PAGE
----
Technoethics: The Dilemma of Doing the Right Moral Thing in Technology Applications

Technoethics: The Dilemma of Doing the Right Moral Thing in Technology Applications

Peter B. Heller (Manhattan College, USA)
Copyright: © 2012 |Pages: 14
DOI: 10.4018/jte.2012010102
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Technoethics relates to the impact of ethics in technology, technological change, and technological advances and their applications. This is true both in established fields such as bioethics or computer ethics or engineering ethics but also in new areas of research such as neuroethics. As pioneering breakthroughs are made in, say, extending life or robotization, novel questions arise regarding the rightness or wrongness of keeping terminal cases alive even at the expense of such trade-offs as making life possible for premature or defective babies in the first case or replacing workers in the second. Some of these agonizing dilemmas are treated in the paper highlighting the ambivalence and difficulty – and corresponding controversy – in reaching ethical decisions in technological applications.
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The term “technology” (or its abbreviated prefix “techno”) can be defined in a variety of ways. An acceptable one is that it is a systematic knowledge and applications that can describe any recurrent activity closely related to science and engineering and viewed as providing the means of doing useful work. Technology may be embodied in a physical reality or in a method, technique, or know-how.

“Ethics” may be defined as a code or set of principles by which people live. Ethics is about what is considered to be morally right and wrong. When people make ethical judgments, they are voicing prescriptive or normative statements about what ought to be done, about moral duty and obligation, not descriptive statements about what is being done.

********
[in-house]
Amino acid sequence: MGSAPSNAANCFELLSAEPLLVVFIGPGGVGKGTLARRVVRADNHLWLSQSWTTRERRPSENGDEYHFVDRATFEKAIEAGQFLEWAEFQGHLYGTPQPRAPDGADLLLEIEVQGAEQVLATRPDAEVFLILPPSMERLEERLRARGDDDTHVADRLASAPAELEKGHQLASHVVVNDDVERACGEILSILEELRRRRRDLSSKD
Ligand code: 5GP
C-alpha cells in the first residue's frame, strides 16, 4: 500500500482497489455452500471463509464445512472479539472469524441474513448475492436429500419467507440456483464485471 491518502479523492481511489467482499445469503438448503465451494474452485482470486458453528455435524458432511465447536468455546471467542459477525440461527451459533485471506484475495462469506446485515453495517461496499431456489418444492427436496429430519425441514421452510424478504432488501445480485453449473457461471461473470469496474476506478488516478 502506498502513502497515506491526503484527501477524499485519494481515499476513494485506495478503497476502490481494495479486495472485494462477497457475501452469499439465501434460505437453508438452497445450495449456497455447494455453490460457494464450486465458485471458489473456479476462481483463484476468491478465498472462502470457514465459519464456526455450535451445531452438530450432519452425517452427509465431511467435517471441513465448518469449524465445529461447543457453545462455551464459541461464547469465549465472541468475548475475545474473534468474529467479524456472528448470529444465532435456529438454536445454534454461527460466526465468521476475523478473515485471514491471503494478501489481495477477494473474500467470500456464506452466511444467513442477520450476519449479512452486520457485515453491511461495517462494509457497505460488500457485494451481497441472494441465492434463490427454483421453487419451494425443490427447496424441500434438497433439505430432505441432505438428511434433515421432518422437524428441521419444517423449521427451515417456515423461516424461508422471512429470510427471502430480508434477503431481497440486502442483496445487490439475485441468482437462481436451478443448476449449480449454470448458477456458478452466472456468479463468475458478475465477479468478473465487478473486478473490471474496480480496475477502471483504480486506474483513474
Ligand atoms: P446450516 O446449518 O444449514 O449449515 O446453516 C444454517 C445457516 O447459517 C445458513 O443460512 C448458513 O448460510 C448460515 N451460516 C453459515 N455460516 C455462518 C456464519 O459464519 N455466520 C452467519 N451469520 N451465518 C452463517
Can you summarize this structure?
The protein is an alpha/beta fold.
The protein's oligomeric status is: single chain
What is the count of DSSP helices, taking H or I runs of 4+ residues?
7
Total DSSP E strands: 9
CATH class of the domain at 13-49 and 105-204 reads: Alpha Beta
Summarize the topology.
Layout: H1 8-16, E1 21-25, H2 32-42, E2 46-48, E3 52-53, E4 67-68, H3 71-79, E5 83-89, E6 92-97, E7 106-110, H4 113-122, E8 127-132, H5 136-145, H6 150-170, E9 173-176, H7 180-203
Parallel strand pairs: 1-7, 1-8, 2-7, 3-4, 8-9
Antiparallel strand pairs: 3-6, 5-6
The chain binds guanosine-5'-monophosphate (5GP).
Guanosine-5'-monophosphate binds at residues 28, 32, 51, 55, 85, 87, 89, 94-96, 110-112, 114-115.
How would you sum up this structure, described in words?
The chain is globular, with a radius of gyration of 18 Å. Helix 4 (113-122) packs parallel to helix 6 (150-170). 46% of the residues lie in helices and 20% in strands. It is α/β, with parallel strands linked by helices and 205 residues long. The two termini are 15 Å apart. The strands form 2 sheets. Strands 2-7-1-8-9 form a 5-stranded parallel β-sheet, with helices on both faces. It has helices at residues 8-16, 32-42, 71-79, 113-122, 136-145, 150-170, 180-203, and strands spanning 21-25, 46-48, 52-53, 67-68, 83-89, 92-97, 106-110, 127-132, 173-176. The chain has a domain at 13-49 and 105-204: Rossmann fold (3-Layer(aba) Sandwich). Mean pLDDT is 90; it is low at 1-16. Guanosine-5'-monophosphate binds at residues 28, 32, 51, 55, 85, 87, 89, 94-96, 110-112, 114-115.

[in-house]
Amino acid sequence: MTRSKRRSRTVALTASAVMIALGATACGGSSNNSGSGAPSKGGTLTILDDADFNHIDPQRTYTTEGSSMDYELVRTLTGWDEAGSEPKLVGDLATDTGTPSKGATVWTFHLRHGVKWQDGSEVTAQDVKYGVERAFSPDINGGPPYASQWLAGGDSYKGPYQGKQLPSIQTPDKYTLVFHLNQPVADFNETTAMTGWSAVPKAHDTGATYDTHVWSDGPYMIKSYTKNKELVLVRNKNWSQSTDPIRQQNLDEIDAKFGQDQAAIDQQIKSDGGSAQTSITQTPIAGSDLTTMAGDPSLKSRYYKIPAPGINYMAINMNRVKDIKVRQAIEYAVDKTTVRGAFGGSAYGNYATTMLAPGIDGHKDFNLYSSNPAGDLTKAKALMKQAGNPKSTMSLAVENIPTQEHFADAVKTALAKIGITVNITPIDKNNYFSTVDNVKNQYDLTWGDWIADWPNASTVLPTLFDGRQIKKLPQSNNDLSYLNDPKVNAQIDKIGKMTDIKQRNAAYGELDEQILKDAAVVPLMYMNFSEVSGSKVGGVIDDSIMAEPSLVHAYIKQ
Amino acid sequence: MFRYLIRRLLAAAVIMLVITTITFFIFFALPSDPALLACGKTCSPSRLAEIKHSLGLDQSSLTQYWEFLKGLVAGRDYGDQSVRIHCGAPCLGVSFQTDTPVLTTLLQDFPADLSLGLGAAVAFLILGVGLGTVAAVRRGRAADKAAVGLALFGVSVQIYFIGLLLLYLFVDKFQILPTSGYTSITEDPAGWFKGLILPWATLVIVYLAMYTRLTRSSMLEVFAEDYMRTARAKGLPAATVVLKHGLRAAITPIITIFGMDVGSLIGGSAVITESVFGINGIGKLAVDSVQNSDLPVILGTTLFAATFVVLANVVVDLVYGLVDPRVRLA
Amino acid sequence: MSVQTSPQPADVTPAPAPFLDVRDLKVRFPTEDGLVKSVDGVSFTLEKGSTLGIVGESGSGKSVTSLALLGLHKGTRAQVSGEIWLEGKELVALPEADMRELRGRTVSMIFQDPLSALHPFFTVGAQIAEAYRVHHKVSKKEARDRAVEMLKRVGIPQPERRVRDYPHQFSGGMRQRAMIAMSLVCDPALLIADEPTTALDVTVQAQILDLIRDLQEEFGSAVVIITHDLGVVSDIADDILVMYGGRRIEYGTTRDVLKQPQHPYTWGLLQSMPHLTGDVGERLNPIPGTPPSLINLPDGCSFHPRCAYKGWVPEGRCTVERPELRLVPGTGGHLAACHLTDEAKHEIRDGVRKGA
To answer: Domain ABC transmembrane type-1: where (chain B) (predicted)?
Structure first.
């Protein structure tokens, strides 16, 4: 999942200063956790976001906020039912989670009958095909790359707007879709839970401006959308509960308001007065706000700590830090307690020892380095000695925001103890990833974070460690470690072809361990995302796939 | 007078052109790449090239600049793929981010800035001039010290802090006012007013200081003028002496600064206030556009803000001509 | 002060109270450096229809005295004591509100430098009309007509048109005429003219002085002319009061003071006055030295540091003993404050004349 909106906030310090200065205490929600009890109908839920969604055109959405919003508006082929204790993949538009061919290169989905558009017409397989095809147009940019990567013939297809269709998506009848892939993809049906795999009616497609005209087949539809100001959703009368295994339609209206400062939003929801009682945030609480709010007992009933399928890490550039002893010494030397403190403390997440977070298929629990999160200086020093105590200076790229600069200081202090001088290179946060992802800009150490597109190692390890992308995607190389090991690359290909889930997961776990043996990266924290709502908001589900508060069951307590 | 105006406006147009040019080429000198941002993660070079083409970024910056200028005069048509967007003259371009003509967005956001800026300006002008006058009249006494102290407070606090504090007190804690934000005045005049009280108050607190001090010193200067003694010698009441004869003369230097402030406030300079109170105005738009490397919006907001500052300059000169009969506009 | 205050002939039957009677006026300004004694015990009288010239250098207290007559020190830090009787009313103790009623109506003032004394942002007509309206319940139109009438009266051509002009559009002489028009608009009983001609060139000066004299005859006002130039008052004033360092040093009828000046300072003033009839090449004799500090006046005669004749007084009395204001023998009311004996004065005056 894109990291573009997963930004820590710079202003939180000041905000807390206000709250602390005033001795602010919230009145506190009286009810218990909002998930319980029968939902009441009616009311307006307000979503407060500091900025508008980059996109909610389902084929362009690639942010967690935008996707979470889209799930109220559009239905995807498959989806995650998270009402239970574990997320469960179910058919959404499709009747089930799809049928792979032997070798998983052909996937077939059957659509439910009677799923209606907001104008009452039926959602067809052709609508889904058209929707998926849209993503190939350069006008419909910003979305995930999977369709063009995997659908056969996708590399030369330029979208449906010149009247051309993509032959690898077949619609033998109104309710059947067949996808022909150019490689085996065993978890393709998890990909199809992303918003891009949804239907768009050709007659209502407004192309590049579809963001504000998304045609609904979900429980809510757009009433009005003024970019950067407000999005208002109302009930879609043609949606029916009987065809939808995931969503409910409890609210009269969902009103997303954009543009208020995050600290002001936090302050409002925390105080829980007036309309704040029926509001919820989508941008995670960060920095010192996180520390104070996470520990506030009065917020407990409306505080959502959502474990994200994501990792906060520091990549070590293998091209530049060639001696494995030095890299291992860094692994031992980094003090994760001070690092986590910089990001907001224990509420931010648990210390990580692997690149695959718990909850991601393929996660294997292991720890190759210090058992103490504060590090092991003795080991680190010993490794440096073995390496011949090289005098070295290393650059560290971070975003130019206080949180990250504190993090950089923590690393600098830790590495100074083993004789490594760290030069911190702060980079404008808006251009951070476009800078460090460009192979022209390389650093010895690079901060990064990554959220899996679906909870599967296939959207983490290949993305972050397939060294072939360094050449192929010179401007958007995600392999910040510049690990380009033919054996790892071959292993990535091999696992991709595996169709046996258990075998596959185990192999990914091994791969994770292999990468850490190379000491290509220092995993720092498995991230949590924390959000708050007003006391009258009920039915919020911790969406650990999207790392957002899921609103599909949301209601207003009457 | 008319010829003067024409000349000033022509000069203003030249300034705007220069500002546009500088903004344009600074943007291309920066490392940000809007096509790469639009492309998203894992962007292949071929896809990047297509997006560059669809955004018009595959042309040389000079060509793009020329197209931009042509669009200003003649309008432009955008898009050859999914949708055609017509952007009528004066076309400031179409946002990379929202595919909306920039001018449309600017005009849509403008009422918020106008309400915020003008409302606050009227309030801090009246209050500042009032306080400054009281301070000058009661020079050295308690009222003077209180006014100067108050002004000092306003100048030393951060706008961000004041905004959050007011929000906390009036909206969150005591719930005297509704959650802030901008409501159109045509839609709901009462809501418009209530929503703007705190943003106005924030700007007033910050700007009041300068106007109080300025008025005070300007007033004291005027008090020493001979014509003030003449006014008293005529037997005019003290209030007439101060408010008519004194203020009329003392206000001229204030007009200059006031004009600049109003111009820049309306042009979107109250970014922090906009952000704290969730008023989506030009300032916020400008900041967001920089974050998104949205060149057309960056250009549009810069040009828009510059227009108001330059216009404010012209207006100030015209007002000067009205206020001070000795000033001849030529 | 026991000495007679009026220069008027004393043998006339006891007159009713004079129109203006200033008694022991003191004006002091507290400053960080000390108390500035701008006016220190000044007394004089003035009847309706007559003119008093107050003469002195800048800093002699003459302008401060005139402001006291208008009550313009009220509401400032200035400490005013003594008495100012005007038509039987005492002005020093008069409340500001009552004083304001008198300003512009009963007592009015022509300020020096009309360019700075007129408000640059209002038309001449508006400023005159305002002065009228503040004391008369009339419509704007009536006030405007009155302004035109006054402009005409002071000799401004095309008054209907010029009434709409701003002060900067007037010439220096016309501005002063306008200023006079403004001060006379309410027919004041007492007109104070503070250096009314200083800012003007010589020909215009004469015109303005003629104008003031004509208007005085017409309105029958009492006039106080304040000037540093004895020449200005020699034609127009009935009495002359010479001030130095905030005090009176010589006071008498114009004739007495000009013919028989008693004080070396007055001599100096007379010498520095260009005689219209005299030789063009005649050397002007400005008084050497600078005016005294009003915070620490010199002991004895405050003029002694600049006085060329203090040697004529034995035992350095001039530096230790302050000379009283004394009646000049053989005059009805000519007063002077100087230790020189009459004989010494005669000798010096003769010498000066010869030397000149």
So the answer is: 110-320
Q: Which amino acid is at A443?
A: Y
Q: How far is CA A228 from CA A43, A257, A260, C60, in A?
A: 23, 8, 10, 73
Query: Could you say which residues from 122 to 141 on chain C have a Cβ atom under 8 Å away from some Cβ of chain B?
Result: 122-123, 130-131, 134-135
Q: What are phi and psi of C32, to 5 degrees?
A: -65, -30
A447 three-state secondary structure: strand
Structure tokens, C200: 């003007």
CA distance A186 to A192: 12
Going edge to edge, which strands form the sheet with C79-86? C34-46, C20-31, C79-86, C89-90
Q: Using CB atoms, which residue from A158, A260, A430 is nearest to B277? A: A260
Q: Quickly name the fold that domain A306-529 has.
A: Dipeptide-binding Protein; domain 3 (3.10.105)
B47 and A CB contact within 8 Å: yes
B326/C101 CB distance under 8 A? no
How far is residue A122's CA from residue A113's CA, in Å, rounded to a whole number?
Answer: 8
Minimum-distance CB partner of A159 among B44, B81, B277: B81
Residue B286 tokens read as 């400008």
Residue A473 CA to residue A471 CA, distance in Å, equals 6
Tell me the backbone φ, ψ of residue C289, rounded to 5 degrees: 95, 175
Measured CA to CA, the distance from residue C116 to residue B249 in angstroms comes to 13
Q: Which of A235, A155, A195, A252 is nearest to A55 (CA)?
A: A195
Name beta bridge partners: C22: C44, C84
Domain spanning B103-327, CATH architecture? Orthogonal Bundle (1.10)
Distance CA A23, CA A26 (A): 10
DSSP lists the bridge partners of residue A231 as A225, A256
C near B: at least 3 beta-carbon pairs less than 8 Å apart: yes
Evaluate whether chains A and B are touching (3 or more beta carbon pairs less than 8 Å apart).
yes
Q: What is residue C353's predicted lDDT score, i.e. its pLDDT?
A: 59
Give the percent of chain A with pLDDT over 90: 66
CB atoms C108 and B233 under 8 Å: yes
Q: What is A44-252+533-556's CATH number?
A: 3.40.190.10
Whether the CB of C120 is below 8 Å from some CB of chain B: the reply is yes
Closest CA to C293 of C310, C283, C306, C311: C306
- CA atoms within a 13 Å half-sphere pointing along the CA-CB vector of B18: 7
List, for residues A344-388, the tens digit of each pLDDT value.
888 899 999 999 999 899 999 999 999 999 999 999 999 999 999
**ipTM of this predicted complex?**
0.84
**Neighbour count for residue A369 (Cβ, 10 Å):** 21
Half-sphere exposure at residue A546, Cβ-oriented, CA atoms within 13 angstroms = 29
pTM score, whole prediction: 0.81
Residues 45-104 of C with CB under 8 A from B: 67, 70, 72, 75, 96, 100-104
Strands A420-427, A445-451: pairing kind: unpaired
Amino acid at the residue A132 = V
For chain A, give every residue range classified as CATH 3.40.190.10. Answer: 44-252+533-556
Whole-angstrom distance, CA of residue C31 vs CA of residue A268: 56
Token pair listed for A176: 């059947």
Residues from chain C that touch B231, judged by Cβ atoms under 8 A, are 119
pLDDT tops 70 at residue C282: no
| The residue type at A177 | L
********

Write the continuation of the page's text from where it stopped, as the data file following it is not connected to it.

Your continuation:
Thus, individuals face ethical dilemmas in various real-life situations as discussed below; they tend to make judgments about what is right and what is wrong. There may be differences in viewpoints because individuals find it hard to explain the rationale behind their subjective or moral judgments. It is often difficult to conclude what ought to be the most appropriate behavior. Ethical theory, then, or moral philosophy, is the study of the rules or principles that lie behind moral decisions, a rationale for moral judgment. The latter enables one to defend or oppose a particular position on a given issue. Thus, the use of ethical theory can help users, even to the point of determining how people ought to behave in various applications of technology. Accordingly, technoethics is that interdisciplinary area which tries to determine an appropriate viewpoint or attitude or philosophy in the application of technology to real-life situations.

Among several ethical theories, the ones most relevant to technological applications are consequentialism, deontologism, and utilitarianism. Consequentialism has it that an action is right or wrong depending upon its consequences, its outcomes, such as its effects on society. Thus, those who believe in consequentialism will support any action or the use of a product if, in their opinion, outcomes have been made according to some defined criterion or trade-offs. Deontologism, in contrast, stresses the intrinsic character of an act and disregards motives or consequences. In this view, some actions are right or wrong in themselves, either inherently or on the basis of the originator’s intention regardless of the circumstances or outcomes that are brought about. Utilitarianism argues that everything in life is done to create happiness. Since this is the ultimate goal of humans, all actions must be assessed according to whether they increase or decrease human happiness, the feeling of well-being, of euphoria.

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